How should I prepare for my qualifying exam? 

Karina prepared this awesome document to guide you through the process! 

The intent of this oral examination, which often lasts about two hours, is to ascertain the breadth of your comprehension of fundamental facts and principles that apply in your major field of study. It will also determine your ability to think critically about the theoretical and practical aspects of the field. Accordingly, the examination should be focused on your field of research, but may and should venture into other areas of scholarship that underlie or impinge on the thesis topic. The faculty advisor is a voting member of the committee, but will normally not participate in the examination except to provide technical clarifications as requested by the other members of the committee.  Students are encouraged to discuss oral presentation and written document expectations with their faculty advisor and committee well in advance of the exam date.

At least one week prior to the examination date, provide to the committee a written document that describes your research topic, summarizes progress to date, and outlines what you propose to do, why it is relevant, and what will be learned. In both your presentation and your written document, you should focus on the big picture - Why is what you are doing important? How is it different from what other people are doing? What new knowledge will be gained?  What is your future plan? These big questions are far more important to the committee than the details of your analysis, method, synthesis, etc. Ask your advisor what the length of the document should be; most are 8 - 15 pages.

The committee will ask you about topics related to your research and chemistry fundamentals. They will want to see how you explain things, so the more practice you have explaining and answering questions, the better. Get together with your fellow grad students and practice. Students who have taken their qualifying exam will have an idea of the kinds of questions that faculty might like to ask (e.g. "Professor Isborn always asks about harmonic oscillators..."), so ask them for advice.

 

How do I communicate and establish expectations with my advisor? 

Some advisors may want a daily update on how you are doing with your project, some may want to meet with you regularly, some may want you to come to them if you get stuck or have a question.  Because faculty have mainly been trained in being thoughtful scientists, we are not always trained to be great managers or communicators. You will need to be proactive in communicating when you get stuck and in asking questions.  Try to solve the problem first yourself or by asking/ working with another grad student. If you aren’t making progress, ask your advisor, as they will want to see you making research progress each week. You and your faculty mentor are each unique, as is your project, so what works for progressing in one group might be less successful in your own. Keep trying, and don’t be afraid to brainstorm with folks throughout the department about how to structure your work and the usual research struggles.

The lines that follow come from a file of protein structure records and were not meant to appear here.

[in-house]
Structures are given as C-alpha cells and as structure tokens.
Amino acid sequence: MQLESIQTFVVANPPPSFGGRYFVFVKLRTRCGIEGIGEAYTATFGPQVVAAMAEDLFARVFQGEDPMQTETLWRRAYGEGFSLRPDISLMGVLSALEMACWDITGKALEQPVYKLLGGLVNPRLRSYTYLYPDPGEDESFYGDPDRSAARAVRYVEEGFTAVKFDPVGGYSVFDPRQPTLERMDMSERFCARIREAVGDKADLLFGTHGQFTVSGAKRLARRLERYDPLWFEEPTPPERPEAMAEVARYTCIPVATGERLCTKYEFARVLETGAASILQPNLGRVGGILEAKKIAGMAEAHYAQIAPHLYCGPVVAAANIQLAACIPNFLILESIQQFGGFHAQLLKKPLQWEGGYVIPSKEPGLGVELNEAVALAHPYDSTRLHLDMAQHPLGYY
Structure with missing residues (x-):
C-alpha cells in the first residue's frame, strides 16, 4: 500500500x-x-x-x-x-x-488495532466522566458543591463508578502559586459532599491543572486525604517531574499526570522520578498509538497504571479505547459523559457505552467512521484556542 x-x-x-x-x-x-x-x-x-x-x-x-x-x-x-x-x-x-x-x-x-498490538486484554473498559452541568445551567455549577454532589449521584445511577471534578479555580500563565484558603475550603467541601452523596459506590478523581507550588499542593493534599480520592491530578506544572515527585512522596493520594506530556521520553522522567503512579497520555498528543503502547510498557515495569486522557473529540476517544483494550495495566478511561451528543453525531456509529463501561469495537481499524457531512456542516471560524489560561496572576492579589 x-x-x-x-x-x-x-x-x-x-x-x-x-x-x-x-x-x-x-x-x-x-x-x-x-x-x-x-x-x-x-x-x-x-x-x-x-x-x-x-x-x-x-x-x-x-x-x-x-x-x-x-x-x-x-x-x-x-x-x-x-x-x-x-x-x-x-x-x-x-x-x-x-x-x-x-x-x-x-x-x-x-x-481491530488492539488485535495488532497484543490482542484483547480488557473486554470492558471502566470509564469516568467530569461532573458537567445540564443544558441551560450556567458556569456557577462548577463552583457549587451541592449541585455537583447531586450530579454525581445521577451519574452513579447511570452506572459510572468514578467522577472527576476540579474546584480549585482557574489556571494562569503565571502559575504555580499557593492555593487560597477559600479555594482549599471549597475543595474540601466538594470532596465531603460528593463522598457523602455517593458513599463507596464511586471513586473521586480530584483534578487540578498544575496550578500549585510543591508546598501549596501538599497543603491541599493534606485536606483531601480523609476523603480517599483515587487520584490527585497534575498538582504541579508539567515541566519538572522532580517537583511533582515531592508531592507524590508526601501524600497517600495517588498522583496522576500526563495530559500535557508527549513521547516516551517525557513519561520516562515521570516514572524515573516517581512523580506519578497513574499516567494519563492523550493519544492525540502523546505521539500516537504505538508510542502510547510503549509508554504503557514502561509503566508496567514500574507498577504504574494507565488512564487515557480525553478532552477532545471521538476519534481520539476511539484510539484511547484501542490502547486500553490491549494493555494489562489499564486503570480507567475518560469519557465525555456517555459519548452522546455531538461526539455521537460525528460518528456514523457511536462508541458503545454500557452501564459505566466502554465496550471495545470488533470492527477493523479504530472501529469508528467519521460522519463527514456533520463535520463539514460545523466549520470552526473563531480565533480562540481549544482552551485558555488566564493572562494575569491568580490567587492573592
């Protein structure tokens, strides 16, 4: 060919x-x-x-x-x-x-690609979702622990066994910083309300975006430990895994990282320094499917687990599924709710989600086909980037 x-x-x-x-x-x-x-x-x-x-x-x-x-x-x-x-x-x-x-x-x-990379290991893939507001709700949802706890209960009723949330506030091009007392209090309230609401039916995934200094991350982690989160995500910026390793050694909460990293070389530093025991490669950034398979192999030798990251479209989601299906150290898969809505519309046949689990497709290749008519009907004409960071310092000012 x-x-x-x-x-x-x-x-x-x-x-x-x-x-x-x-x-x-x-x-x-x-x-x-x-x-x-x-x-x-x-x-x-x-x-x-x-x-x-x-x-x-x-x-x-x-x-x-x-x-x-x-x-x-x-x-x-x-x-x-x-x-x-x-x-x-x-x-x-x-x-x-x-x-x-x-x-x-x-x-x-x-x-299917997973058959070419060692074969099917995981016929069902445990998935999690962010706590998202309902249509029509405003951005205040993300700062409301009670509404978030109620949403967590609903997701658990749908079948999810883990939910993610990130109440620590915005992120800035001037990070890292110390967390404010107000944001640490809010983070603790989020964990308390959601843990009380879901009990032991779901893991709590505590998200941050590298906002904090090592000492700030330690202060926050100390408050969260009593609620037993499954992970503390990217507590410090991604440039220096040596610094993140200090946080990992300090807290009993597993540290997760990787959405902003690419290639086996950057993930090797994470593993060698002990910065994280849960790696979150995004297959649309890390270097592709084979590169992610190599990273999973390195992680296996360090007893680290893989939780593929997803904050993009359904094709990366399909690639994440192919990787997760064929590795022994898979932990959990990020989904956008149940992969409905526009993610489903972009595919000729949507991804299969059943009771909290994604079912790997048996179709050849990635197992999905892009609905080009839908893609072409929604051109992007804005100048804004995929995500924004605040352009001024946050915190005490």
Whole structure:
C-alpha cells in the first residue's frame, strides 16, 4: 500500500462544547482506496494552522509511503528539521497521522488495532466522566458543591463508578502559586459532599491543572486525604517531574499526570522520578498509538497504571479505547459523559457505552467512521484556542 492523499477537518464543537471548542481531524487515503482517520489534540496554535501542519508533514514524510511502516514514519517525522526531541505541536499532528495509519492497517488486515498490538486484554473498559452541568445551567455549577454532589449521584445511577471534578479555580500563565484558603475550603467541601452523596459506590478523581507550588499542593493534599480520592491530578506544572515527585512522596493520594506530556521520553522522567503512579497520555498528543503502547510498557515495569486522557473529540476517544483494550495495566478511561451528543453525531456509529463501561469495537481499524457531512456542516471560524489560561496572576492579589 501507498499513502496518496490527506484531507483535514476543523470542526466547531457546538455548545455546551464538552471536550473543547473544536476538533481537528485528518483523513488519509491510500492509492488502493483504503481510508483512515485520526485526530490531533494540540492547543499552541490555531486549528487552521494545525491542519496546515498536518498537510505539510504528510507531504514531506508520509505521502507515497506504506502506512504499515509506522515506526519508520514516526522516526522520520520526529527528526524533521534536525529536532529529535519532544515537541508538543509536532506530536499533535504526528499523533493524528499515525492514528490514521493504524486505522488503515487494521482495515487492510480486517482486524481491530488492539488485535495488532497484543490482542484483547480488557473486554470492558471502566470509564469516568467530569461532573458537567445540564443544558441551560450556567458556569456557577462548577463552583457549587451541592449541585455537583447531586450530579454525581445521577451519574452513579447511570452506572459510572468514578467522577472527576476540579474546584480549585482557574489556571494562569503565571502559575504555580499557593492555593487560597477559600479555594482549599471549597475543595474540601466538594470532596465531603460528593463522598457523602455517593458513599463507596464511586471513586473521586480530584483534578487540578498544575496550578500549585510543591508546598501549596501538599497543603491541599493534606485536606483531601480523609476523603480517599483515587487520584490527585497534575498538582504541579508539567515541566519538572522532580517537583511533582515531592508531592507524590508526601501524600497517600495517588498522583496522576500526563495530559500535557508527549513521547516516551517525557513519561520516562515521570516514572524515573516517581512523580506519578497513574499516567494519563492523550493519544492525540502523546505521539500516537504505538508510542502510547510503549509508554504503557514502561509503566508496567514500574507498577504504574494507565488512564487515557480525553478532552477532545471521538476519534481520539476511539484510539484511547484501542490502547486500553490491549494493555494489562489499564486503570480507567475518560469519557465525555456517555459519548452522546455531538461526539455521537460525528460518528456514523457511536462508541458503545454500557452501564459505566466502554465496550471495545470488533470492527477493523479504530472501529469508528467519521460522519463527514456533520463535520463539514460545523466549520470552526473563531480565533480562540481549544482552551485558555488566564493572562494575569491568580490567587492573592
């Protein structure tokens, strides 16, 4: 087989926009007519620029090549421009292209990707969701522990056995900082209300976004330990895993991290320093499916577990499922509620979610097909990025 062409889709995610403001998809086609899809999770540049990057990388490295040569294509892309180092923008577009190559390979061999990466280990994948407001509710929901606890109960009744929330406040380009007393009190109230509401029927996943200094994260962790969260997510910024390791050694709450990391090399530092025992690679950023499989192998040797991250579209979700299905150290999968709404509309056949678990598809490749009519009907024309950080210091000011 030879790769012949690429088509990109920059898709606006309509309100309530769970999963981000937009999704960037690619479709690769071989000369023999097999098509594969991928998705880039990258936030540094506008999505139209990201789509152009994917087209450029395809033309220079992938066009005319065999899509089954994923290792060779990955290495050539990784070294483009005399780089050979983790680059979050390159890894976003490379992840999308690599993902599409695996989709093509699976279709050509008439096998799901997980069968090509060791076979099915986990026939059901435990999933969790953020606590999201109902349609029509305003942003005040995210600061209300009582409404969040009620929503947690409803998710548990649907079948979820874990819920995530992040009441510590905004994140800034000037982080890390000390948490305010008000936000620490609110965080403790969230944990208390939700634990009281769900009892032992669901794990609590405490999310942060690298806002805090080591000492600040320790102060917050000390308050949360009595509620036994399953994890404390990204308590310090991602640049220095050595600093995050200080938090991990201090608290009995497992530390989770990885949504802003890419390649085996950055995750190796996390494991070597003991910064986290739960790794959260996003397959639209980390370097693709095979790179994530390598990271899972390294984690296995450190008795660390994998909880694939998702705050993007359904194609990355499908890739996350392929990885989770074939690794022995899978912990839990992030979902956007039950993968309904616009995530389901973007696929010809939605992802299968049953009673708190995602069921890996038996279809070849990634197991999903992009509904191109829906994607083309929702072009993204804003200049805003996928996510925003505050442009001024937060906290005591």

All faculty want to help you succeed, and all faculty are excited about doing awesome science with you!  Your faculty mentor is here to support your training and development, but it may be difficult to speak up when things are not going well given the power and authority dynamics. Establishing and aligning clear expectations with your mentor is important.  It is good to discuss with your mentor the ways  (e.g. in-person, Slack, email) and how often you both prefer to communicate.  Ask your advisor what they expect from a successful grad student in their lab.  There are some general expectations that most faculty share: 

Your advisor likely wants you to keep up with coursework and to let them know if you need a break from research to focus on courses. 

They will want you to get to know the literature of your field, so block at least one hour per week to peruse current tables of contents for journals or do literature searches (Participate in journal clubs. Better yet, organize one!). 

Your advisor will expect you to work cooperatively, collaboratively, and respectfully with other members of the research team, while working hard and giving your best effort.Do your part to create a climate of engagement and mutual respect. 

They will want to see you participate in meetings and seminars by being prepared, being curious, and asking questions. 

Your advisor will expect you to be responsive to advice and constructive criticism; the feedback you get is intended to improve your scientific work. 

Your advisor will expect you to strive to meet deadlines: This is the only way to manage your progress. Talk with your advisor if you are having difficulty completing your work. 

Although your advisor is here to help you become an independent scientist, and to help you plan, design, and conduct high-quality scientific research, you have the primary responsibility for the successful completion of your degree.

 

What about writing papers? 

Publishing papers is the currency of science. It is how you let the rest of the human world know about what you discovered about the chemical world.  Writing a clear and compelling scientific story, with the evidence to back up your claims and putting it into context of other work in the field, is not easy.  It takes practice to write a good paper. Hopefully, throughout your Ph.D., you are practicing your scientific writing skills. By the end of your Ph.D., we expect you to be able to put those skills to use and have two, preferably three or four, first-author publications that showcase the work you’ve done during your time at UC Merced.  Grants and UC Merced funding are supported by taxpayer dollars, and thus you have an obligation to complete and disseminate your research findings.  For many of us, communicating our results and analysis to the wider scientific community is the most rewarding part of the scientific endeavor!